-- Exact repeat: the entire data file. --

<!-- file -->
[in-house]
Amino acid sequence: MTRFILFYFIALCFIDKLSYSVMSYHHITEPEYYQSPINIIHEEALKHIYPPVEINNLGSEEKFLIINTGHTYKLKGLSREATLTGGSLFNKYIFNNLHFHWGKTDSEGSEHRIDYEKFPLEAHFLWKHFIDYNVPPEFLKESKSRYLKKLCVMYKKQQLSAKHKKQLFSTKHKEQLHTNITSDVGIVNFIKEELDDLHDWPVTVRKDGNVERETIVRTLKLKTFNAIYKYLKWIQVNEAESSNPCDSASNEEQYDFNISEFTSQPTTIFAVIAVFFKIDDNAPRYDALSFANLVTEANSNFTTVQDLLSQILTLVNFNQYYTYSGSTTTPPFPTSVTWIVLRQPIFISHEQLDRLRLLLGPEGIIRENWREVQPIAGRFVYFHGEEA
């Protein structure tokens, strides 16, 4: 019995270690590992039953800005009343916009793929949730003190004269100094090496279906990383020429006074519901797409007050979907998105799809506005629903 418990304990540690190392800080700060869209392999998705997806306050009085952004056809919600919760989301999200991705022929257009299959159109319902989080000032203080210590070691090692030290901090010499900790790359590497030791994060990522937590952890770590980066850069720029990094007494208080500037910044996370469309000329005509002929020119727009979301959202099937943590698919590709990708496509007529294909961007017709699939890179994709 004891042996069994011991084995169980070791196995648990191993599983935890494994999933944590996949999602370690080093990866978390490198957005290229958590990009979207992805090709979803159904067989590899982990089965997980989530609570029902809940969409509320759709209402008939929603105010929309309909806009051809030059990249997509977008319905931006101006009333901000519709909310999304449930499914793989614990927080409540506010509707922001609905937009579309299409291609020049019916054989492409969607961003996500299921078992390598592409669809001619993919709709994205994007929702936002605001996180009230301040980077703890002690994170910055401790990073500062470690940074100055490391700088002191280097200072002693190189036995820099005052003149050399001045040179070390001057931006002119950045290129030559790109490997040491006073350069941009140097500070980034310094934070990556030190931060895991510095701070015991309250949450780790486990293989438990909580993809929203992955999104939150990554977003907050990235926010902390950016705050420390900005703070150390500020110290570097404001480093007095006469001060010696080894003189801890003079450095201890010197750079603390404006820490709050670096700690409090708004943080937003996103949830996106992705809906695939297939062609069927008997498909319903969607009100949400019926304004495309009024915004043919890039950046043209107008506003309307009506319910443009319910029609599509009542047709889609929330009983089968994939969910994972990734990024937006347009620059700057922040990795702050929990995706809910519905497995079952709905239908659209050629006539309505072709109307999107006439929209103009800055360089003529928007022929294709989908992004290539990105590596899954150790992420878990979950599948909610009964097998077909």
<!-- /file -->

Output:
[in-house]
Amino acid sequence: MTRFILFYFIALCFIDKLSYSVMSYHHITEPEYYQSPINIIHEEALKHIYPPVEINNLGSEEKFLIINTGHTYKLKGLSREATLTGGSLFNKYIFNNLHFHWGKTDSEGSEHRIDYEKFPLEAHFLWKHFIDYNVPPEFLKESKSRYLKKLCVMYKKQQLSAKHKKQLFSTKHKEQLHTNITSDVGIVNFIKEELDDLHDWPVTVRKDGNVERETIVRTLKLKTFNAIYKYLKWIQVNEAESSNPCDSASNEEQYDFNISEFTSQPTTIFAVIAVFFKIDDNAPRYDALSFANLVTEANSNFTTVQDLLSQILTLVNFNQYYTYSGSTTTPPFPTSVTWIVLRQPIFISHEQLDRLRLLLGPEGIIRENWREVQPIAGRFVYFHGEEA
């Protein structure tokens, strides 16, 4: 019995270690590992039953800005009343916009793929949730003190004269100094090496279906990383020429006074519901797409007050979907998105799809506005629903 418990304990540690190392800080700060869209392999998705997806306050009085952004056809919600919760989301999200991705022929257009299959159109319902989080000032203080210590070691090692030290901090010499900790790359590497030791994060990522937590952890770590980066850069720029990094007494208080500037910044996370469309000329005509002929020119727009979301959202099937943590698919590709990708496509007529294909961007017709699939890179994709 004891042996069994011991084995169980070791196995648990191993599983935890494994999933944590996949999602370690080093990866978390490198957005290229958590990009979207992805090709979803159904067989590899982990089965997980989530609570029902809940969409509320759709209402008939929603105010929309309909806009051809030059990249997509977008319905931006101006009333901000519709909310999304449930499914793989614990927080409540506010509707922001609905937009579309299409291609020049019916054989492409969607961003996500299921078992390598592409669809001619993919709709994205994007929702936002605001996180009230301040980077703890002690994170910055401790990073500062470690940074100055490391700088002191280097200072002693190189036995820099005052003149050399001045040179070390001057931006002119950045290129030559790109490997040491006073350069941009140097500070980034310094934070990556030190931060895991510095701070015991309250949450780790486990293989438990909580993809929203992955999104939150990554977003907050990235926010902390950016705050420390900005703070150390500020110290570097404001480093007095006469001060010696080894003189801890003079450095201890010197750079603390404006820490709050670096700690409090708004943080937003996103949830996106992705809906695939297939062609069927008997498909319903969607009100949400019926304004495309009024915004043919890039950046043209107008506003309307009506319910443009319910029609599509009542047709889609929330009983089968994939969910994972990734990024937006347009620059700057922040990795702050929990995706809910519905497995079952709905239908659209050629006539309505072709109307999107006439929209103009800055360089003529928007022929294709989908992004290539990105590596899954150790992420878990979950599948909610009964097998077909």